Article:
Ok, folks. Here’s an opportunity for CHPPI and state advocates across the country to fight against this sickening example of propaganda and help support bills in FL that will limit excessive fees and abuse of consumers.
NOTHING that is written in the most recent Community Associations Institute / Community Advocacy Network press release (referenced below) represents the truth.
The only “advocacy” promoted by CAI and CAN is self-advocacy for their own profit potential.
Deborah Goonan is one of the most learned and articulate people in the country on the subject of Homeowners Associations. She, along with Nila Ridings, have expressed major concern about a wacky situation in Pagedale, Missouri, where the city has taken on the role of HOA lawn Nazis. It’s so far over the line that it has even attracted a lawsuit by the Institute for Justice. Her column on her own blog (linked below) is a critical subject for all of us.
(is democracy disappearing in the US?)
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(110 words, 1 image, estimated 26 secs reading time)
guest blog by Deborah Goonan
I have previously written about Community Associations Institute (CAI), an HOA trade group, and its three Federal issues (pet peeves). One of those issues is what CAI calls Disaster Relief Fairness.
You can check out CAI’s brochure on the subject here. See pages 9-10.
Community association homeowners pay federal taxes to fund emergency services and disaster response, but their communities receive little or no federal support in the wake of a presidentially declared national disaster. Association homeowners bear the financial and practical burdens of disaster recovery in ways that non-association homeowners do not. This leads to uneven disaster recovery in our towns and cities across the country and is fundamentally unfair to association homeowners.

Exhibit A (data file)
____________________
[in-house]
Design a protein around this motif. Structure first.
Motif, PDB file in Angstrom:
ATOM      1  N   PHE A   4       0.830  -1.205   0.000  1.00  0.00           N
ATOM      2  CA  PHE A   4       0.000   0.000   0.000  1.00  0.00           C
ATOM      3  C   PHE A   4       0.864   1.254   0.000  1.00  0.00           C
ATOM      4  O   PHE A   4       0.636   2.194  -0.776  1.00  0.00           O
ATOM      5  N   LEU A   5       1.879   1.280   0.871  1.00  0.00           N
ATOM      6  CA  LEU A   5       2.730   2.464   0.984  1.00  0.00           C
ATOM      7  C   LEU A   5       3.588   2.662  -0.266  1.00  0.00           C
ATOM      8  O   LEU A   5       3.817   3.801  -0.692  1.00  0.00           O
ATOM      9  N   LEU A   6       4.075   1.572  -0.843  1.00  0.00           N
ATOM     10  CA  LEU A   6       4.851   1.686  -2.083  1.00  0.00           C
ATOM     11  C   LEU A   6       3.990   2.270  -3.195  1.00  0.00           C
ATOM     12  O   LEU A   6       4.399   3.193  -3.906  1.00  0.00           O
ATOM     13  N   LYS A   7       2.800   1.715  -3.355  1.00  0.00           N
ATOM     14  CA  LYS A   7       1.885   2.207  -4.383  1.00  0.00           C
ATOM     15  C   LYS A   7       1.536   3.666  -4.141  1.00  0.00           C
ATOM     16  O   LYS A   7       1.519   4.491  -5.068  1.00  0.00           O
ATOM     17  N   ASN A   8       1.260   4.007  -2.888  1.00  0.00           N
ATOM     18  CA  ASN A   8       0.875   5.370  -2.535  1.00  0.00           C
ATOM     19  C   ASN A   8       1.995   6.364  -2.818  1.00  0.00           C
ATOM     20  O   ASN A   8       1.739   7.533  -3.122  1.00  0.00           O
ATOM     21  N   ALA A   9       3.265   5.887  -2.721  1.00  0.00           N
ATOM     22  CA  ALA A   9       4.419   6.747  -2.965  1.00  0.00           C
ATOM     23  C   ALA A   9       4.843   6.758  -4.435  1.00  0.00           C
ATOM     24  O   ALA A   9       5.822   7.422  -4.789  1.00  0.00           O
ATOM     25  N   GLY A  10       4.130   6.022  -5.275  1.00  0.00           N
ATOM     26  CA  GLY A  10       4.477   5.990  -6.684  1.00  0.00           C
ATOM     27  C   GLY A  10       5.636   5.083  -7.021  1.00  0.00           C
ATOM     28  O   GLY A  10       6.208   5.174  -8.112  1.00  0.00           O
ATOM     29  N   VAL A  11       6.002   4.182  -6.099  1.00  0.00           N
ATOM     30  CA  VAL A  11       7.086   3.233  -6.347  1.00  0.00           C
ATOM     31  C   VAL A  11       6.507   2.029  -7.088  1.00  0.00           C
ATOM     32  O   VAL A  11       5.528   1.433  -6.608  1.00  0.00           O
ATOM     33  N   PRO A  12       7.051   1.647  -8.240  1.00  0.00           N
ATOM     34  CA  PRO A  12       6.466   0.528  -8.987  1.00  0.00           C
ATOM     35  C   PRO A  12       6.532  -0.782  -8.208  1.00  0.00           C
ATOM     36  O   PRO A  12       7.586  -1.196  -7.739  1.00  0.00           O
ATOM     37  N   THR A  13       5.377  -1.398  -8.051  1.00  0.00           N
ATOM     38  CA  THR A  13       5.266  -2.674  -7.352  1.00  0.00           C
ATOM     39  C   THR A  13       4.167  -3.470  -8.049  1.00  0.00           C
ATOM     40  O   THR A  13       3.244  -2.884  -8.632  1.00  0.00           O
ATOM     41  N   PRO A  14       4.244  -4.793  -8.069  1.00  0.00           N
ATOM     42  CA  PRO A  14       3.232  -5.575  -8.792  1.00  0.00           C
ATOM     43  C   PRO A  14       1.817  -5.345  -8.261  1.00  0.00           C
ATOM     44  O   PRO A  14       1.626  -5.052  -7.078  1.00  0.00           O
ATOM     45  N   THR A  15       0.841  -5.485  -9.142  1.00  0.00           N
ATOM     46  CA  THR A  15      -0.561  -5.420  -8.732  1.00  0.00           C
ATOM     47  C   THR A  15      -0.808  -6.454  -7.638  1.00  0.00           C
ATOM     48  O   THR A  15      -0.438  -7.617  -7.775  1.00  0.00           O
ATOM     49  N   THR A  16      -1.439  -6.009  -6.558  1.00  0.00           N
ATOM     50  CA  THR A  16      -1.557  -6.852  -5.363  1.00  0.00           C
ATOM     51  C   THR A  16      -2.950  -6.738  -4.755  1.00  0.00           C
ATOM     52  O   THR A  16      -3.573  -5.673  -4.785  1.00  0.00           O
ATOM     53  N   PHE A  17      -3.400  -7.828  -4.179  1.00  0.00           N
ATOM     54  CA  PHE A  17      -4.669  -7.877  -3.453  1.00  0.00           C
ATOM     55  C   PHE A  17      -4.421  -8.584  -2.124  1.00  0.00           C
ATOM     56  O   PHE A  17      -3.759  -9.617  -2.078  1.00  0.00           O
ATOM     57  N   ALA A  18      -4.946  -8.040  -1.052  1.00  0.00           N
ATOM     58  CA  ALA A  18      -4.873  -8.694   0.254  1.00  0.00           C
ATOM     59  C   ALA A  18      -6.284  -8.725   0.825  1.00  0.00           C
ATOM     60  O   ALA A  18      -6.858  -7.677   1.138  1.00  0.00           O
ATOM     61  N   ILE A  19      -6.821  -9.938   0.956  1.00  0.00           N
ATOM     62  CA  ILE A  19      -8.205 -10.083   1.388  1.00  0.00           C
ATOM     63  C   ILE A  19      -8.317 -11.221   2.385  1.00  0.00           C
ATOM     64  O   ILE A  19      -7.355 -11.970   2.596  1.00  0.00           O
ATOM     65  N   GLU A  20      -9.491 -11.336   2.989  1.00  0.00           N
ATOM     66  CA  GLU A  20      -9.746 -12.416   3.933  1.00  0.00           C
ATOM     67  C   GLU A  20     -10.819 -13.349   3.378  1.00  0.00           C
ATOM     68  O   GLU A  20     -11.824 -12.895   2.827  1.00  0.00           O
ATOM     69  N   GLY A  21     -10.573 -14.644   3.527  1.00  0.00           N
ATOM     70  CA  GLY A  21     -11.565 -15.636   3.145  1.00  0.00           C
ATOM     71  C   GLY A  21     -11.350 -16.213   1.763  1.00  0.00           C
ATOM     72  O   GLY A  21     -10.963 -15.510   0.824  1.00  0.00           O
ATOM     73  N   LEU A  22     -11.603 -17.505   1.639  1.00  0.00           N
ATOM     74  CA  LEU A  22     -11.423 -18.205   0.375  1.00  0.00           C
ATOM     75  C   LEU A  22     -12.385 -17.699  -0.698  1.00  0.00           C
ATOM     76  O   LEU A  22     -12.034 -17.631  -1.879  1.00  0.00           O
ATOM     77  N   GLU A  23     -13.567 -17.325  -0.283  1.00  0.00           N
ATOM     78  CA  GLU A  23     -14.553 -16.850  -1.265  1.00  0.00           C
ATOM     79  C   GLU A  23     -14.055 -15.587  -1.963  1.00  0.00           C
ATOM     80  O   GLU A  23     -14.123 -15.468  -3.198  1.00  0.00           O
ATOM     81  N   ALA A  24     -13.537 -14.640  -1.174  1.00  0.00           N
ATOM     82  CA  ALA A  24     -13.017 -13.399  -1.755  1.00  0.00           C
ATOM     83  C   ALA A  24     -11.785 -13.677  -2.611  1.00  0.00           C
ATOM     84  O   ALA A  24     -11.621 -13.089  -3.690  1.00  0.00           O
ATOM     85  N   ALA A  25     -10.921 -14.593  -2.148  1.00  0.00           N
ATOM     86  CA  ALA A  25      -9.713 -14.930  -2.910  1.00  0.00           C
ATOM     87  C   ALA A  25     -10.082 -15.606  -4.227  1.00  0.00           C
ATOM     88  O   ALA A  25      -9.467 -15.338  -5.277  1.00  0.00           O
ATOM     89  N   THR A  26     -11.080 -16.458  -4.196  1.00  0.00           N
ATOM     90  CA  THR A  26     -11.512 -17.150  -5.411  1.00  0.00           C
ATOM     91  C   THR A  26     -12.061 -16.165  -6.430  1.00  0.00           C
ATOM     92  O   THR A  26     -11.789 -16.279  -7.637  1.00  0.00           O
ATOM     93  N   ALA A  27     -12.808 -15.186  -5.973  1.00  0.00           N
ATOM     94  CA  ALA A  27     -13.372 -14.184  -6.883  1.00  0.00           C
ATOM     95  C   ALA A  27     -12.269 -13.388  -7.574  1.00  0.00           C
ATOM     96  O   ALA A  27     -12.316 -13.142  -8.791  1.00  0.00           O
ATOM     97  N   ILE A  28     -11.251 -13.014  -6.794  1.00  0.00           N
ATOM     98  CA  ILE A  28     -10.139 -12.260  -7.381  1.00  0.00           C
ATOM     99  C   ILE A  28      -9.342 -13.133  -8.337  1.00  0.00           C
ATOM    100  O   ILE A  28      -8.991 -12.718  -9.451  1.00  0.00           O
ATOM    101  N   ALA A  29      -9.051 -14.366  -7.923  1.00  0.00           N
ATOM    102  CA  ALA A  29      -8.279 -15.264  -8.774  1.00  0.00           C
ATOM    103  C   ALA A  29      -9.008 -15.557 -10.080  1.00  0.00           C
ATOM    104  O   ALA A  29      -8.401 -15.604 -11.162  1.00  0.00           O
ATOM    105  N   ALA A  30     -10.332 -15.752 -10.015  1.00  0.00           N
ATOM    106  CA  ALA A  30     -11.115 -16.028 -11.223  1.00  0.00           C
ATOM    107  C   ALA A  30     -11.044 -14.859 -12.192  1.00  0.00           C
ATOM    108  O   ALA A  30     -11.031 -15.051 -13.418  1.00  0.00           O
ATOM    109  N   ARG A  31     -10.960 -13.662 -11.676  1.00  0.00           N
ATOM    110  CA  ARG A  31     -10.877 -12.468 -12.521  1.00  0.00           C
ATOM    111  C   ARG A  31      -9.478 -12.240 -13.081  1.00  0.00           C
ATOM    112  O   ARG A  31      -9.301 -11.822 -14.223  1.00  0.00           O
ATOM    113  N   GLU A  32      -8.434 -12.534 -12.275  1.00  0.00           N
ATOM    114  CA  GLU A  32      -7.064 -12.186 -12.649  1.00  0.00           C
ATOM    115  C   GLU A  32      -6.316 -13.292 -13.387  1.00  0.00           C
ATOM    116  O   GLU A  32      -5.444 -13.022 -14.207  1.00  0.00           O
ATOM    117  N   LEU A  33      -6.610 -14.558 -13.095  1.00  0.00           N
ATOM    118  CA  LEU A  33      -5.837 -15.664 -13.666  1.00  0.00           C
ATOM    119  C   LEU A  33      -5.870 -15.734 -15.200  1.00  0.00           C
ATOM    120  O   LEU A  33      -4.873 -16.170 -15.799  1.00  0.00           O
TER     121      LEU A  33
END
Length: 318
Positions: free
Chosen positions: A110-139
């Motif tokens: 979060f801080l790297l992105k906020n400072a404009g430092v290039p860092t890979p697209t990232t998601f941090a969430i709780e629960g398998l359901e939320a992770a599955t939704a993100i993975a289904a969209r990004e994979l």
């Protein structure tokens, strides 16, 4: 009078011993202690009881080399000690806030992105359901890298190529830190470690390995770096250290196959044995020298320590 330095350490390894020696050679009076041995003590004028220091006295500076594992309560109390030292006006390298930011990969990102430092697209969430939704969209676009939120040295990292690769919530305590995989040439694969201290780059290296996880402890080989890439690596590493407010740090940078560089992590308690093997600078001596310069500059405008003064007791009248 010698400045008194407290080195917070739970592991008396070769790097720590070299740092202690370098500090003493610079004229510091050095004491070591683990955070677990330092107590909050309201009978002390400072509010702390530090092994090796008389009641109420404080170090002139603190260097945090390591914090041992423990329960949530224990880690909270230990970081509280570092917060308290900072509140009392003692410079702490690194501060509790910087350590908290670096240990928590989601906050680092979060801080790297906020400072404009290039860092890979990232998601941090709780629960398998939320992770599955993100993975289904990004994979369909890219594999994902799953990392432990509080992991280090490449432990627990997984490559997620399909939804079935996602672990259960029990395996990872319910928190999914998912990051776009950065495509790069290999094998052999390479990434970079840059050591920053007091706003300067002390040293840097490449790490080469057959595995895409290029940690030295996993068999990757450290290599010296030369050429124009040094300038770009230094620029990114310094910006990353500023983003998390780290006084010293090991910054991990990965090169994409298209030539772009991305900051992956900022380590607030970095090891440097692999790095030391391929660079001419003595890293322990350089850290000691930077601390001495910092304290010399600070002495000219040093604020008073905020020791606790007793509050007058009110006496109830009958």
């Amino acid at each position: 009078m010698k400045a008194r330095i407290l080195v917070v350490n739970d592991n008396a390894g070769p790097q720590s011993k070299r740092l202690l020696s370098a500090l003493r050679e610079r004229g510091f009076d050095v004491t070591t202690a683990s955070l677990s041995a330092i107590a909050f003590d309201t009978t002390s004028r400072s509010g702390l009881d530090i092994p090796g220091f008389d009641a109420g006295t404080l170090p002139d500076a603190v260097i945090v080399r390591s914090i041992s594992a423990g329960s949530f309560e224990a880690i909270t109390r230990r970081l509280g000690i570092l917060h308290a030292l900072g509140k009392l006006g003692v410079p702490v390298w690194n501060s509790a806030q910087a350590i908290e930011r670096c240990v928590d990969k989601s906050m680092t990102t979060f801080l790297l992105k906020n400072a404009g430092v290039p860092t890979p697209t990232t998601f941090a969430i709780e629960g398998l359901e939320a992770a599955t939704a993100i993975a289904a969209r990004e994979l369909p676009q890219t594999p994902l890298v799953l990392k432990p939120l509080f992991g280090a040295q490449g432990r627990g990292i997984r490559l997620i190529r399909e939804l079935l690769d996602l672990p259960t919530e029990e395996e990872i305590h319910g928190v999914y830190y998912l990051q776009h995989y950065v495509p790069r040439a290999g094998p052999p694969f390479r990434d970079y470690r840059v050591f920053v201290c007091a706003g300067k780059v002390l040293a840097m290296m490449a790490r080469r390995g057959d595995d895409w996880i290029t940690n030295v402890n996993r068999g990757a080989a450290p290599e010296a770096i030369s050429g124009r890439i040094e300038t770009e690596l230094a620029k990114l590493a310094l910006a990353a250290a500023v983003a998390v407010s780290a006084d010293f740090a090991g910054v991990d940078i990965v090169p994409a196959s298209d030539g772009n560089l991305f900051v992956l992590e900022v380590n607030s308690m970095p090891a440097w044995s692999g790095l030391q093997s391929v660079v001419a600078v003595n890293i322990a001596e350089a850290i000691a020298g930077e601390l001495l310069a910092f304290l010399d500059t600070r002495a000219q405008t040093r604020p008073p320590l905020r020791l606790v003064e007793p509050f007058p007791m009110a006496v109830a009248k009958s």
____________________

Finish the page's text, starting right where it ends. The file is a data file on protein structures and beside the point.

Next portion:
This is a preview of
Should HOAs be eligible for FEMA Public Assistance?
. Read the full post (1377 words, 1 image, estimated 5:30 mins reading time)
By Deborah Goonan
Spokespersons for the US Common Interest, Association-Governed Communities industry give plenty of lip service to the concept of property rights. But what does that mean for special interests such as Community Associations Institute (CAI), National Association of Home Builders (NAHB), and National Association of Realtors (NAR), to name three of the biggest players in the HOA industry?
I’ll let you in on a little secret: the industry is not interested in preserving your individual property rights, or even your Constitutional rights, for that matter. When CAI, NAHB, and NAR speak about property rights for residents in HOAs, it is generally in the context of balancing the rights of owners with the rights of the Association.